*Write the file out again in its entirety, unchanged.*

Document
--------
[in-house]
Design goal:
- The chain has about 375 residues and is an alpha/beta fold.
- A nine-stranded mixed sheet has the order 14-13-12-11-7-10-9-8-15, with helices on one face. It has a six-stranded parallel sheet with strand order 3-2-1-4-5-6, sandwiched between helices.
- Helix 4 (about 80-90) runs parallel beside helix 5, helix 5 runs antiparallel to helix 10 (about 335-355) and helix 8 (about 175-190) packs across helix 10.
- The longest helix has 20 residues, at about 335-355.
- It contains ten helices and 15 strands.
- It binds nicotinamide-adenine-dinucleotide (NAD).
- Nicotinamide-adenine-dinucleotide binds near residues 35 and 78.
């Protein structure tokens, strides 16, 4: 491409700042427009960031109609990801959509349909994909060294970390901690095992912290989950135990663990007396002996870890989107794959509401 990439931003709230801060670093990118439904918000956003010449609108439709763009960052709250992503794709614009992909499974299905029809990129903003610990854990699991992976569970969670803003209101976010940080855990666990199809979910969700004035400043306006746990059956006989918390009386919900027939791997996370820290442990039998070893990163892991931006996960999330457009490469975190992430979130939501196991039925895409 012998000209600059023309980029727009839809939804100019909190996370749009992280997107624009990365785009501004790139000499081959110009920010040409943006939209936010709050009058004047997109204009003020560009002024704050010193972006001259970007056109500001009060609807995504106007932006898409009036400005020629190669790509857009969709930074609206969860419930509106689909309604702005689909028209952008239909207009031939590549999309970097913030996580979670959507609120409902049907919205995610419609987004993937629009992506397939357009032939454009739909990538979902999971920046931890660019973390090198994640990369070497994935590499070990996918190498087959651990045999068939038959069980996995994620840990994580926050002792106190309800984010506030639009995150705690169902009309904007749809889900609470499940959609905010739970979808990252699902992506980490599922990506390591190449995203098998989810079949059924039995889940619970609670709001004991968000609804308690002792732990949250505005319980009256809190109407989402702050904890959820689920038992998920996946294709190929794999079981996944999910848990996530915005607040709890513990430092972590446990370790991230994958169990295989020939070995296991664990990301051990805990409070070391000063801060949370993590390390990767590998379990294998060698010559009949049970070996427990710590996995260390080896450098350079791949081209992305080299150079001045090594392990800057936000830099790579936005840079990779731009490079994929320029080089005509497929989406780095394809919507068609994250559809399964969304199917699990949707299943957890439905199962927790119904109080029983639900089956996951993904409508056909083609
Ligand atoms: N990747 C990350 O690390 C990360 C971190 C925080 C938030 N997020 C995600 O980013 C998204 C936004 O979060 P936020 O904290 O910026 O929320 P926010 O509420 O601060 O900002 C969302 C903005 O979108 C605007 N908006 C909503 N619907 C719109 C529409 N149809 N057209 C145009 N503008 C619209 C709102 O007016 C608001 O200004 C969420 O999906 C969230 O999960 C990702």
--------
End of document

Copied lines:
[in-house]
Design goal:
- The chain has about 375 residues and is an alpha/beta fold.
- A nine-stranded mixed sheet has the order 14-13-12-11-7-10-9-8-15, with helices on one face. It has a six-stranded parallel sheet with strand order 3-2-1-4-5-6, sandwiched between helices.
- Helix 4 (about 80-90) runs parallel beside helix 5, helix 5 runs antiparallel to helix 10 (about 335-355) and helix 8 (about 175-190) packs across helix 10.
- The longest helix has 20 residues, at about 335-355.
- It contains ten helices and 15 strands.
- It binds nicotinamide-adenine-dinucleotide (NAD).
- Nicotinamide-adenine-dinucleotide binds near residues 35 and 78.
């Protein structure tokens, strides 16, 4: 491409700042427009960031109609990801959509349909994909060294970390901690095992912290989950135990663990007396002996870890989107794959509401 990439931003709230801060670093990118439904918000956003010449609108439709763009960052709250992503794709614009992909499974299905029809990129903003610990854990699991992976569970969670803003209101976010940080855990666990199809979910969700004035400043306006746990059956006989918390009386919900027939791997996370820290442990039998070893990163892991931006996960999330457009490469975190992430979130939501196991039925895409 012998000209600059023309980029727009839809939804100019909190996370749009992280997107624009990365785009501004790139000499081959110009920010040409943006939209936010709050009058004047997109204009003020560009002024704050010193972006001259970007056109500001009060609807995504106007932006898409009036400005020629190669790509857009969709930074609206969860419930509106689909309604702005689909028209952008239909207009031939590549999309970097913030996580979670959507609120409902049907919205995610419609987004993937629009992506397939357009032939454009739909990538979902999971920046931890660019973390090198994640990369070497994935590499070990996918190498087959651990045999068939038959069980996995994620840990994580926050002792106190309800984010506030639009995150705690169902009309904007749809889900609470499940959609905010739970979808990252699902992506980490599922990506390591190449995203098998989810079949059924039995889940619970609670709001004991968000609804308690002792732990949250505005319980009256809190109407989402702050904890959820689920038992998920996946294709190929794999079981996944999910848990996530915005607040709890513990430092972590446990370790991230994958169990295989020939070995296991664990990301051990805990409070070391000063801060949370993590390390990767590998379990294998060698010559009949049970070996427990710590996995260390080896450098350079791949081209992305080299150079001045090594392990800057936000830099790579936005840079990779731009490079994929320029080089005509497929989406780095394809919507068609994250559809399964969304199917699990949707299943957890439905199962927790119904109080029983639900089956996951993904409508056909083609
Ligand atoms: N990747 C990350 O690390 C990360 C971190 C925080 C938030 N997020 C995600 O980013 C998204 C936004 O979060 P936020 O904290 O910026 O929320 P926010 O509420 O601060 O900002 C969302 C903005 O979108 C605007 N908006 C909503 N619907 C719109 C529409 N149809 N057209 C145009 N503008 C619209 C709102 O007016 C608001 O200004 C969420 O999906 C969230 O999960 C990702």